During an appearance on the Bossip Presents: Don’t Be Scared podcast, Jacob York spoke in-depth about his friendship with the late Notorious B.I.G.
Among the topics discussed during York’s appearance on the podcast was Biggie’s lack of post-mortem records. According to York, unlike artists today, the Brooklyn lyricist didn’t have to record five songs just to create one track.
He then went on to explain that any Biggie record released after his death was likely first featured on a mixtape or was a feature on someone else’s song.
“The reason why he’s never had any post-mortem stuff is everything he rapped, people kept,” Jacob York said. “He didn’t rap five songs to make one. When he rapped it, they kept it. So, a lot of the post-mortem stuff was mixtape stuff or it would be on somebody else’s record that they took off and put on a Biggie’s Greatest Hits or something…He just came off the top of his head. I don’t know how he did it. He’d be in the studio—like we’ll get to the studio at nine, ten o’clock. Four o’clock in the morning, he’ll rap for 45 minutes and that’d be ‘Hypnotize’ done. And then walk out the studio.”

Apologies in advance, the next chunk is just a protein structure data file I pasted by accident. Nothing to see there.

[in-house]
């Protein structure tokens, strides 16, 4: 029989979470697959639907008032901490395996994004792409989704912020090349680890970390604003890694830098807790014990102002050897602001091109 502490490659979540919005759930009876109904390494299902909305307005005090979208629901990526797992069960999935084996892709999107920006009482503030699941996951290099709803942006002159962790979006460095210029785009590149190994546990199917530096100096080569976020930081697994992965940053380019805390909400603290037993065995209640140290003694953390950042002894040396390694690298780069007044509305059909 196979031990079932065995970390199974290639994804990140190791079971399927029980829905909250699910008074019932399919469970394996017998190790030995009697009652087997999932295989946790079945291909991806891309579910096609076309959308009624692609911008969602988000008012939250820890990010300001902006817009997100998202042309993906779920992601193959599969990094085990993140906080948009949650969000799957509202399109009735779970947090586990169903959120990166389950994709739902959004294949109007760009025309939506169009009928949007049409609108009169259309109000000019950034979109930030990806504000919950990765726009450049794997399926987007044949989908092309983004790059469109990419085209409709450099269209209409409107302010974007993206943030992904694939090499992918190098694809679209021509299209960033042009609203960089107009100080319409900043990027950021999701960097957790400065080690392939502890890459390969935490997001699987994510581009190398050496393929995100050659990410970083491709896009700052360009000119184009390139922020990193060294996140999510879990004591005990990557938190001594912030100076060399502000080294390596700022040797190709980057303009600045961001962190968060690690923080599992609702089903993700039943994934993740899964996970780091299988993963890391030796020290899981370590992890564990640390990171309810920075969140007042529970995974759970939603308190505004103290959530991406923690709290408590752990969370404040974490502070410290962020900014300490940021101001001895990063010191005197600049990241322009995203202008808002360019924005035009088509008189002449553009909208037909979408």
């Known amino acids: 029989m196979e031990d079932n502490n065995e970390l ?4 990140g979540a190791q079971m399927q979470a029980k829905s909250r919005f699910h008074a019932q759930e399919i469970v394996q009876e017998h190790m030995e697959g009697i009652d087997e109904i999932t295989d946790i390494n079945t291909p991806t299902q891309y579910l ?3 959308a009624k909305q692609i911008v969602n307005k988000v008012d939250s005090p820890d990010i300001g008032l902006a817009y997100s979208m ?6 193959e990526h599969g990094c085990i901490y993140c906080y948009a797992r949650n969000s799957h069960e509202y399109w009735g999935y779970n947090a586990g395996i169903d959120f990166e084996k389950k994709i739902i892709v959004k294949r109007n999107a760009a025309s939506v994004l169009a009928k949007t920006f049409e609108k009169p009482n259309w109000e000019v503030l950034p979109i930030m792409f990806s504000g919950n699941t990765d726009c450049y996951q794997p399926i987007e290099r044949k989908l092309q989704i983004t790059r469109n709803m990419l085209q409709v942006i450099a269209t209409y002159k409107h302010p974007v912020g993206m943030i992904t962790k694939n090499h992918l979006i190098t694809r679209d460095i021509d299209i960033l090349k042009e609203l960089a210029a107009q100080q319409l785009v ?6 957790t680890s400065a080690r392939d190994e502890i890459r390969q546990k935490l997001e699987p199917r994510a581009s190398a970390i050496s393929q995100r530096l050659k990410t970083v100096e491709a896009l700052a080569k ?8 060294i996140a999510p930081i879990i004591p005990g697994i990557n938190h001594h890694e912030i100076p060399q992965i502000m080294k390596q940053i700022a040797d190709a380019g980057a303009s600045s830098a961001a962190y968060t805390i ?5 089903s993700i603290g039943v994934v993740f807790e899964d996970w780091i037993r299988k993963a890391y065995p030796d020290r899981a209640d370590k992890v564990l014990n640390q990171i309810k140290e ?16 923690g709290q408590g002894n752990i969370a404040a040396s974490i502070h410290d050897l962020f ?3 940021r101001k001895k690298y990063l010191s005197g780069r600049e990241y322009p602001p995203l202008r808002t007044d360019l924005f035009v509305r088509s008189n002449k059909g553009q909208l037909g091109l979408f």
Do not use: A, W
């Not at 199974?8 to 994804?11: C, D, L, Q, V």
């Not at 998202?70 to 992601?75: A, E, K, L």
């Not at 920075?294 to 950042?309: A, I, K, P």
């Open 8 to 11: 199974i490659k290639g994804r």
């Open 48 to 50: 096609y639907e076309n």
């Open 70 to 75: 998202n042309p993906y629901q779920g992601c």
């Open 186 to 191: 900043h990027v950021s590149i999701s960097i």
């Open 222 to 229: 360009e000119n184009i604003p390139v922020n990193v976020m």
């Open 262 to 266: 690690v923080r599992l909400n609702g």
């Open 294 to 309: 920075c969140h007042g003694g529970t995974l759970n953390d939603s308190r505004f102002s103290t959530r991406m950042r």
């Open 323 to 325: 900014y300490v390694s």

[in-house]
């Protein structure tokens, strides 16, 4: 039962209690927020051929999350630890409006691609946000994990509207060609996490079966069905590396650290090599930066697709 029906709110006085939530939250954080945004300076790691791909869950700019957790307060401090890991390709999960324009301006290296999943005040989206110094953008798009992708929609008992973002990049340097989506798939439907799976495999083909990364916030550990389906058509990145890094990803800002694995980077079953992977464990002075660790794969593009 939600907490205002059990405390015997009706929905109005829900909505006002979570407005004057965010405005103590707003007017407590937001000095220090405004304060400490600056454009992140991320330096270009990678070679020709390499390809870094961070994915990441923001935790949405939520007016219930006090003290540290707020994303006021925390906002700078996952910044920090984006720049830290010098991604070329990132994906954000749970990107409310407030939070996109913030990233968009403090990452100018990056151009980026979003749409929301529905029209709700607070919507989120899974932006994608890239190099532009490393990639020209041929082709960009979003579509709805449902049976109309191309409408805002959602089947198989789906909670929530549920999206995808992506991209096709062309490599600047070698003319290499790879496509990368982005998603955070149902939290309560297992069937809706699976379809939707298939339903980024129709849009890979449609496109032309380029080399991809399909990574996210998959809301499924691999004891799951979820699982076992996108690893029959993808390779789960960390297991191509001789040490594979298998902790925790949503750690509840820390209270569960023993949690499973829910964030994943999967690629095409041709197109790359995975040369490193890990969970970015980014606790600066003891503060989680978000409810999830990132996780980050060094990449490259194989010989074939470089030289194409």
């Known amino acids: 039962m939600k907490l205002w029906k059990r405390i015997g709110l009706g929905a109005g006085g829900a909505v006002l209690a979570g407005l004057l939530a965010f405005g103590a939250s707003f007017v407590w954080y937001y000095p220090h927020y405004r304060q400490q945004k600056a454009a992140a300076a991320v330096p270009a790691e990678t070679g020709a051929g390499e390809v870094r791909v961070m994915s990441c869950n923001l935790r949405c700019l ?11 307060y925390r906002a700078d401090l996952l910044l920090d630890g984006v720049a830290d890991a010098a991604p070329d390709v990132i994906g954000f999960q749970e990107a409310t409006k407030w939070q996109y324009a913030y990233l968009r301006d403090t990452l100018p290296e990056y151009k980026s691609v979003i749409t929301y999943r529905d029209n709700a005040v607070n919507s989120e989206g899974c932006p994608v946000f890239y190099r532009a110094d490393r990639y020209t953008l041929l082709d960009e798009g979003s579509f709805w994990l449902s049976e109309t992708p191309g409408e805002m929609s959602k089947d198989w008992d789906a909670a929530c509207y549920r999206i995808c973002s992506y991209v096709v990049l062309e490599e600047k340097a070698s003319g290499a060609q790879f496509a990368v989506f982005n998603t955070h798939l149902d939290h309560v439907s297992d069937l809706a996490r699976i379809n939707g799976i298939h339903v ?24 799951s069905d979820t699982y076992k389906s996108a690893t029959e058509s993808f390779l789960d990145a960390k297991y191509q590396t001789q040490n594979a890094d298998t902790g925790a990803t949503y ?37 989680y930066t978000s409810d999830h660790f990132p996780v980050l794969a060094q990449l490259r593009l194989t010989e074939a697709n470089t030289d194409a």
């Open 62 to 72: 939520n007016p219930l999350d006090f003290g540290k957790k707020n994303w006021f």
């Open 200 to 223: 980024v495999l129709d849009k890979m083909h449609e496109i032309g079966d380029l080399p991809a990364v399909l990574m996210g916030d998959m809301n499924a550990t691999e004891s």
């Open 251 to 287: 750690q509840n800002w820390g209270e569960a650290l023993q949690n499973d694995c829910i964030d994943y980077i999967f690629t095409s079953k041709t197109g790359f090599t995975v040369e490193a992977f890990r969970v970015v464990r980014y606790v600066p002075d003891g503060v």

York also shared the details of a diss record Biggie allegedly wrote, which took aim at fellow rapper, Raekwon. He revealed that Biggie ultimately told him to erase the record before it was ever released.
“Method Man was on [Biggie’s] album [Ready To Die] so we were all sitting there like, ‘Huh,’” York said, according to AllHipHop.com. “When [Raekwon’s Only Built 4 Cuban Linx…] album dropped and we heard the [‘Shark Niggas (Biters)’] interlude… We heard that and we were like, ‘What the hell was that about?’ No one saw it coming. It came out of left field. It got squashed that fast…You ever notice that [Biggie] never put out a diss record against him? He rapped it. He got it off his chest. He just told me to erase it.”
Southern rap duo OutKast were also a topic of conversation during York’s interview. According to the friend of Big, the rapper listened to Southernplayalisticadillacmuzik while he was recording Ready To Die.
“Big listened to OutKast’s Southernplayalisticadillacmuzik while he was making Ready To Die,” he said. “And a lot of people felt like he got that Southern twang on the Pac side, but he didn’t. He got it from listening to OutKast. A lot of people don’t know Diddy directed OutKast’s ‘Player’s Ball’ video. And so Big knew a lot about that. And he listened to ‘Git Up, Git Out.’ He was a lover of Hip Hop everywhere.”
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